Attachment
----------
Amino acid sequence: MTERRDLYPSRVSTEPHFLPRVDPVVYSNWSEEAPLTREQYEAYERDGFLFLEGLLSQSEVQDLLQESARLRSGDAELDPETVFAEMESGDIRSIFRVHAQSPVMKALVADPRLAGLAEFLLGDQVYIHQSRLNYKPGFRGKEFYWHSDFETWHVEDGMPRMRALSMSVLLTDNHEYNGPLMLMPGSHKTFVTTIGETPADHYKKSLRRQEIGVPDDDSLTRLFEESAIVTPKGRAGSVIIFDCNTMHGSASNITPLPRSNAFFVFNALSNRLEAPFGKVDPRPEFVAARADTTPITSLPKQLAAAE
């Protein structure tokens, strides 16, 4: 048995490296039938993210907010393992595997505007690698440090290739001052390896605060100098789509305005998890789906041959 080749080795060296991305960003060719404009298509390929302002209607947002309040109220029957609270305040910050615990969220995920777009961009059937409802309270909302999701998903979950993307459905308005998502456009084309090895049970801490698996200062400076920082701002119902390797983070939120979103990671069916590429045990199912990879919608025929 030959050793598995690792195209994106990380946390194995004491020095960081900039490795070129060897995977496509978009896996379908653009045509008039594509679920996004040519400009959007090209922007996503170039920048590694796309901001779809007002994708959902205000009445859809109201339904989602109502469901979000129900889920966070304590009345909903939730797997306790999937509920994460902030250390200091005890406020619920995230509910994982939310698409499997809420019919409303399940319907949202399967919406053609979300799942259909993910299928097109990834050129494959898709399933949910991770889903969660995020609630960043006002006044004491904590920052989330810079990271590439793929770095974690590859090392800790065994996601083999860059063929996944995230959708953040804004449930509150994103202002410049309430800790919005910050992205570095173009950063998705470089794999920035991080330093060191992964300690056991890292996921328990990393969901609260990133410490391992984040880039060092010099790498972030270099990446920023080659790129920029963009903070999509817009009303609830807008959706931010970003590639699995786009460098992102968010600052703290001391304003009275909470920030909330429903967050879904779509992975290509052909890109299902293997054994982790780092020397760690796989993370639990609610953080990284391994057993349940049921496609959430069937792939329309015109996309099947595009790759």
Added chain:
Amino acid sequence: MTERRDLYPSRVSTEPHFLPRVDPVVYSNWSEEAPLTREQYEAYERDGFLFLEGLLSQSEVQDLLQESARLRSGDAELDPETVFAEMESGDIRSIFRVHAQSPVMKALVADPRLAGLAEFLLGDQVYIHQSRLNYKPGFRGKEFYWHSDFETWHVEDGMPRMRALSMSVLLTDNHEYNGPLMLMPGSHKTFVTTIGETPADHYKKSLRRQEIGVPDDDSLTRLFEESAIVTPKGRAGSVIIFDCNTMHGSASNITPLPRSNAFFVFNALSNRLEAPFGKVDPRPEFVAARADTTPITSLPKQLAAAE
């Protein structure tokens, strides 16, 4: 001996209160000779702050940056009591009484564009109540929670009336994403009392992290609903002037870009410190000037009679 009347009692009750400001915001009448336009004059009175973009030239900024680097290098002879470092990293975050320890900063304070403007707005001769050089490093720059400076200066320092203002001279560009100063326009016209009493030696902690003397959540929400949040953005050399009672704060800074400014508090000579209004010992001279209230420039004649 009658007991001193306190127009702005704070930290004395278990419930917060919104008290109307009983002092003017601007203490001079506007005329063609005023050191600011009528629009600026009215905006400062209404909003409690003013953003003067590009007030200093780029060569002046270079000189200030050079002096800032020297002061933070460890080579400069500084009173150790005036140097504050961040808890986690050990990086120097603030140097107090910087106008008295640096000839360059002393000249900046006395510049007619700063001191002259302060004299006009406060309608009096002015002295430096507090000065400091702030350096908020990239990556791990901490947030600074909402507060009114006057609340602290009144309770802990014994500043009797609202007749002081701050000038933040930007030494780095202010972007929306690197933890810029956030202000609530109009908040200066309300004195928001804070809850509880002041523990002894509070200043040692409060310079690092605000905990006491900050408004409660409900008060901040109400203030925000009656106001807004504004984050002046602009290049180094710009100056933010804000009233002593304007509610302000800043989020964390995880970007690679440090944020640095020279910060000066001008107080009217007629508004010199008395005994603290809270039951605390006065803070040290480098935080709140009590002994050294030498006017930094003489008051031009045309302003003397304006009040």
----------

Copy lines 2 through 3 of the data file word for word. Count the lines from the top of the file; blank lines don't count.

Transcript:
């Protein structure tokens, strides 16, 4: 048995490296039938993210907010393992595997505007690698440090290739001052390896605060100098789509305005998890789906041959 080749080795060296991305960003060719404009298509390929302002209607947002309040109220029957609270305040910050615990969220995920777009961009059937409802309270909302999701998903979950993307459905308005998502456009084309090895049970801490698996200062400076920082701002119902390797983070939120979103990671069916590429045990199912990879919608025929 030959050793598995690792195209994106990380946390194995004491020095960081900039490795070129060897995977496509978009896996379908653009045509008039594509679920996004040519400009959007090209922007996503170039920048590694796309901001779809007002994708959902205000009445859809109201339904989602109502469901979000129900889920966070304590009345909903939730797997306790999937509920994460902030250390200091005890406020619920995230509910994982939310698409499997809420019919409303399940319907949202399967919406053609979300799942259909993910299928097109990834050129494959898709399933949910991770889903969660995020609630960043006002006044004491904590920052989330810079990271590439793929770095974690590859090392800790065994996601083999860059063929996944995230959708953040804004449930509150994103202002410049309430800790919005910050992205570095173009950063998705470089794999920035991080330093060191992964300690056991890292996921328990990393969901609260990133410490391992984040880039060092010099790498972030270099990446920023080659790129920029963009903070999509817009009303609830807008959706931010970003590639699995786009460098992102968010600052703290001391304003009275909470920030909330429903967050879904779509992975290509052909890109299902293997054994982790780092020397760690796989993370639990609610953080990284391994057993349940049921496609959430069937792939329309015109996309099947595009790759």
Added chain: